A trial looking at anastrozole to prevent breast cancer in postmenopausal women (IBIS II Prevention)

Cancer type:

Breast cancer

Status:

Results

This trial looked at whether a drug called anastrozole could reduce the risk of breast cancer in post menopausal women who are at a high risk of getting the disease. The trial was supported by Cancer Research UK.

The female hormone oestrogen can encourage breast cancer cells to grow. Drugs called aromatase inhibitors Open a glossary item can stop the body making oestrogen, which may help to prevent breast cancer.

Anastrozole is an aromatase inhibitor that doctors can use as a treatment for breast cancer in women who have been through the menopause Open a glossary item (post menopausal women).

Researchers wanted to see if anastrozole could also help to prevent breast cancer in post menopausal women who were at high risk of getting the disease. In this trial, some women took anastrozole, and some took a dummy tablet (a placebo Open a glossary item).

Trial results

The researchers found that taking anastrozole for 5 years reduced the number of breast cancers in post menopausal women who were at high risk of getting the disease.

The trial recruited nearly 4,000 women who had been through the menopause and were considered to be at high risk of getting breast cancer. This was generally because they had a strong family history of breast or ovarian cancer. Or because they’d had LCIS or DCIS, or certain types of high risk benign breast disease.

This was a randomised trial. The women taking part were put into treatment groups by a computer. Neither they nor their doctor could decide or knew which group they were in. This is called a double blind trial.

  • 1,920 women took anastrozole every day for 5 years
  • 1,944 women took a dummy drug (placebo) every day for 5 years

After monitoring the women for an average of 5 years, the researchers looked at the number of women who had developed breast cancer. They found this was

  • 40 women in the group taking anastrozole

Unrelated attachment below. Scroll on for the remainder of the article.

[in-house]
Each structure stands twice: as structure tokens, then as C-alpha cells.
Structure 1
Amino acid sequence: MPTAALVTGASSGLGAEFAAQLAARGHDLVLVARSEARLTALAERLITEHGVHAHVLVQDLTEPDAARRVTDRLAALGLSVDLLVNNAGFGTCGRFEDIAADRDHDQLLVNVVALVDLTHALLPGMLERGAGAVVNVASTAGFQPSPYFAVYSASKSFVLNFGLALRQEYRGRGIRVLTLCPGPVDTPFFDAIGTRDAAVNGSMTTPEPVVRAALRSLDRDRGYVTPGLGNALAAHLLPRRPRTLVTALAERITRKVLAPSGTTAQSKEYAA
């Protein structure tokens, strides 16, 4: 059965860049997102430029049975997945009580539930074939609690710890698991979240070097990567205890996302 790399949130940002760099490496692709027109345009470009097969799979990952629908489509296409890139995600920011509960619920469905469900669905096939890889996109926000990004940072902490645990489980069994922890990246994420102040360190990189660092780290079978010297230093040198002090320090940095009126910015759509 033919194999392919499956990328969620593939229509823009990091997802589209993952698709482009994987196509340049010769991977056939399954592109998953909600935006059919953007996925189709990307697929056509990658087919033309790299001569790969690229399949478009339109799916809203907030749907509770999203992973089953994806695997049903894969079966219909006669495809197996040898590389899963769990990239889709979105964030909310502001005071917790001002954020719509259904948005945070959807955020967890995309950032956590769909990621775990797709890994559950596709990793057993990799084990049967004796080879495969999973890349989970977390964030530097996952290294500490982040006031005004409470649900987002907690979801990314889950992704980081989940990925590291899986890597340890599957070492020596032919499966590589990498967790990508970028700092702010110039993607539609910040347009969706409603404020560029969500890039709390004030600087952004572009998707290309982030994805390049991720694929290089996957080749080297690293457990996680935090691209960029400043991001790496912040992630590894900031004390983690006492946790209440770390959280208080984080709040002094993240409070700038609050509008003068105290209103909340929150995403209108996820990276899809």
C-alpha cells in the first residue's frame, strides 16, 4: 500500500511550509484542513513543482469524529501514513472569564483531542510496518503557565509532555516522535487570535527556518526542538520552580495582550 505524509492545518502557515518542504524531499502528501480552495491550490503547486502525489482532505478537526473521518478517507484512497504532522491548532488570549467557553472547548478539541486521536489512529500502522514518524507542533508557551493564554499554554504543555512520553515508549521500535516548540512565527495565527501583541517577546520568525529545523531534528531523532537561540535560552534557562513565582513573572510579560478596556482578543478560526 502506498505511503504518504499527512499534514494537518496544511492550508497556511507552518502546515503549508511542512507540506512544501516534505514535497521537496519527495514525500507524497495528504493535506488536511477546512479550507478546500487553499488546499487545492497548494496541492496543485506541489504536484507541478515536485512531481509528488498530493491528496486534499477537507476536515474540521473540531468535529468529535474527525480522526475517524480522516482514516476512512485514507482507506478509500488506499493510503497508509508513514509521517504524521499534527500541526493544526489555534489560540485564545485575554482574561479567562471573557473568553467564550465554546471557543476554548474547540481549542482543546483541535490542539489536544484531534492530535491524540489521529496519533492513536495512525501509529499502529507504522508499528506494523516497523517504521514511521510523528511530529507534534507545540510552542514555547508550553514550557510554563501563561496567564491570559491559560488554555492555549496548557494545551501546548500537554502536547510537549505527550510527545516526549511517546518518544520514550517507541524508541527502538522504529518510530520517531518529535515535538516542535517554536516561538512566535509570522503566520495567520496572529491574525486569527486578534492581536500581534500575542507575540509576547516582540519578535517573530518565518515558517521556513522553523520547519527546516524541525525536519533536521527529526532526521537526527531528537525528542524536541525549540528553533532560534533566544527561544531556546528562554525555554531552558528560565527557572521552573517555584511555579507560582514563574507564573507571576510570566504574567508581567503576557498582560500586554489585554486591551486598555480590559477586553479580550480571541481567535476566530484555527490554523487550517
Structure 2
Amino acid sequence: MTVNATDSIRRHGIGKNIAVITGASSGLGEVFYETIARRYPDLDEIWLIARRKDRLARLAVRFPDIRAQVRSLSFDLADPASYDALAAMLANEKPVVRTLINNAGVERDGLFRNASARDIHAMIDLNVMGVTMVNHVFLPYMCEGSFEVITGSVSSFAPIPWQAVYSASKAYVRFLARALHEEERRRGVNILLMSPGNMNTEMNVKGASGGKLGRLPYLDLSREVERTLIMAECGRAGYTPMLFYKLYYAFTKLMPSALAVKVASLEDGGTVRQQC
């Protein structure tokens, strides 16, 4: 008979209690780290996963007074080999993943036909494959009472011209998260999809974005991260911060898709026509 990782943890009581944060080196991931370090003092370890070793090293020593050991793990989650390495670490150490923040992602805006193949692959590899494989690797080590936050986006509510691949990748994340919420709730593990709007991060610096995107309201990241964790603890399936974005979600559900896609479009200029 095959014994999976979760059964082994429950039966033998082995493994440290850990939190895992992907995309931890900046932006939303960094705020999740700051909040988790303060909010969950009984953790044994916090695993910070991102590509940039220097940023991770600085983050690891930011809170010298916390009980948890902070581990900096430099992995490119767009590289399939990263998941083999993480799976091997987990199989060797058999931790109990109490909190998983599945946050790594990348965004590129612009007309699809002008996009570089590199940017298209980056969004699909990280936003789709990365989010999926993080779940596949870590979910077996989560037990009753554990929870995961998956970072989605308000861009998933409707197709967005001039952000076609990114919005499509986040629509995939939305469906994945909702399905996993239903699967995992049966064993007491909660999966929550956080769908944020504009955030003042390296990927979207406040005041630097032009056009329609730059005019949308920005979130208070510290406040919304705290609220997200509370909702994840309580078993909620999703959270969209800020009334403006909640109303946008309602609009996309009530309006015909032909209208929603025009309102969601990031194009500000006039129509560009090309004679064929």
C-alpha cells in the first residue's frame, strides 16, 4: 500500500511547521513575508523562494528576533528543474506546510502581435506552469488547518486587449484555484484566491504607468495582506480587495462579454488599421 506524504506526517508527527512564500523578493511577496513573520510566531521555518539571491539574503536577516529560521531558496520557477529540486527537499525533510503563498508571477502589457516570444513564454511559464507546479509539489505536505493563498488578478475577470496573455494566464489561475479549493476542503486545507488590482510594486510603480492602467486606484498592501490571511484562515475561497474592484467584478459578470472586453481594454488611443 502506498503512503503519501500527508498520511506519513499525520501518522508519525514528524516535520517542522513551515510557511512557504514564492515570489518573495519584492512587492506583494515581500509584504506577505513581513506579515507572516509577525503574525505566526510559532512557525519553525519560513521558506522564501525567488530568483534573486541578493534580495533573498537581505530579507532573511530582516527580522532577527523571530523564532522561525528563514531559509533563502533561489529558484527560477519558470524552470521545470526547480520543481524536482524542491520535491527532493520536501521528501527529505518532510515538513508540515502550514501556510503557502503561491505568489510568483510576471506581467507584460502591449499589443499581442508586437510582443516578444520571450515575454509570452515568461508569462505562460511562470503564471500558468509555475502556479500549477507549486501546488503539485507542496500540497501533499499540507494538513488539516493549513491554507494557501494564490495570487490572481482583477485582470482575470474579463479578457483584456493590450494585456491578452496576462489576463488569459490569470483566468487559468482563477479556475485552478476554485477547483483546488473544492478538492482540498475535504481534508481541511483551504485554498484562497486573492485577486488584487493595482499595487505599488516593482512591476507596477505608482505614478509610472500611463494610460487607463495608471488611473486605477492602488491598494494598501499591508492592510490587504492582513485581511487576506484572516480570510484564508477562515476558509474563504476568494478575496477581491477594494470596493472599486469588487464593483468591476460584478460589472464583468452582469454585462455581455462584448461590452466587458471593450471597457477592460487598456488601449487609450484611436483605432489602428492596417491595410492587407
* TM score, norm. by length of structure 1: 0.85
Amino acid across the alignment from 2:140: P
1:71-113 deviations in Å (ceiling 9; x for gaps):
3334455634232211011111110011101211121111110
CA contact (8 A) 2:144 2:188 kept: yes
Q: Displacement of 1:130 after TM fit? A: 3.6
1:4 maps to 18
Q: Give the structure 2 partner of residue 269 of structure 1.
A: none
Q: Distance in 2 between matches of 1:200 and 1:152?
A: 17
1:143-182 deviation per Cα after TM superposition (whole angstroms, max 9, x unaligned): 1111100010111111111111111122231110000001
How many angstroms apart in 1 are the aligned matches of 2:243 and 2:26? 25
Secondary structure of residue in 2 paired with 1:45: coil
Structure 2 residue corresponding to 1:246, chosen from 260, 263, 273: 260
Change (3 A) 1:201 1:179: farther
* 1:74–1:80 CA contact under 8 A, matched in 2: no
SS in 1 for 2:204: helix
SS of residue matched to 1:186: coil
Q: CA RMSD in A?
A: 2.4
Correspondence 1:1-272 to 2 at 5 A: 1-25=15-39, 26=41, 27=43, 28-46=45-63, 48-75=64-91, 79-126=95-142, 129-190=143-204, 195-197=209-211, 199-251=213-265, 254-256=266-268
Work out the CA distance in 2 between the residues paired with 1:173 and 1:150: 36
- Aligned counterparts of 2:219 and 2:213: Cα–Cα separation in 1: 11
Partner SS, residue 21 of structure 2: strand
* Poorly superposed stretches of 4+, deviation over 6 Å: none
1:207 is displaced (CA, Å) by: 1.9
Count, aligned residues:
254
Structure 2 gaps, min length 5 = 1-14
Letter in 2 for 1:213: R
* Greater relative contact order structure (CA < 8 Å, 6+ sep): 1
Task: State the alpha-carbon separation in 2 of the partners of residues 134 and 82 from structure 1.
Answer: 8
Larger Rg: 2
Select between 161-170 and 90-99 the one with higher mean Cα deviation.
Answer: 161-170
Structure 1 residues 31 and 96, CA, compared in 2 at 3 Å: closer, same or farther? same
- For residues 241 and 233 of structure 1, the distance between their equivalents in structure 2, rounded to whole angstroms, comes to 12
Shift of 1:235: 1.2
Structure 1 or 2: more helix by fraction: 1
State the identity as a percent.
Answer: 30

• 85 women in the group taking the dummy drug

The researchers will follow the women for longer to see if the effect of taking anastrozole lasts and to monitor any side effects

The side effects that women had were similar in both groups. But more women taking anastrozole had problems such as joint pain or stiffness, hot flushes and dry eyes.

The trial team concluded that anastrozole can reduce the risk of breast cancer in post menopausal women who are at high risk of the disease.

We have based this summary on information from the team who ran the trial. The information they sent us has been reviewed by independent specialists (peer reviewed Open a glossary item) and published in a medical journal. The figures we quote above were provided by the trial team. We have not analysed the data ourselves.

Recruitment start:

Recruitment end:

How to join a clinical trial

Please note: In order to join a trial you will need to discuss it with your doctor, unless otherwise specified.

Please note - unless we state otherwise in the summary, you need to talk to your doctor about joining a trial.

Chief Investigator

Professor Jack Cuzick
Professor John Forbes
Professor Anthony Howell

Supported by

AstraZeneca
Cancer Research UK
Experimental Cancer Medicine Centre (ECMC)
NIHR Clinical Research Network: Cancer
Queen Mary University of London
Sanofi Aventis

Other information

This is Cancer Research UK trial number CRUK/04/032/033.

Contact our cancer information nurses for other questions about cancer by:

Phone - 0808 800 4040

Last review date

Please note - unless we state otherwise in the summary, you need to talk to your doctor about joining a trial.

Deborah wanted to help other breast cancer patients in the future

“Deborah agreed to take part in a trial as she was keen to help other cancer patients in the future. "If taking part in a trial means others might be helped then I’m very happy with that."

Last reviewed:

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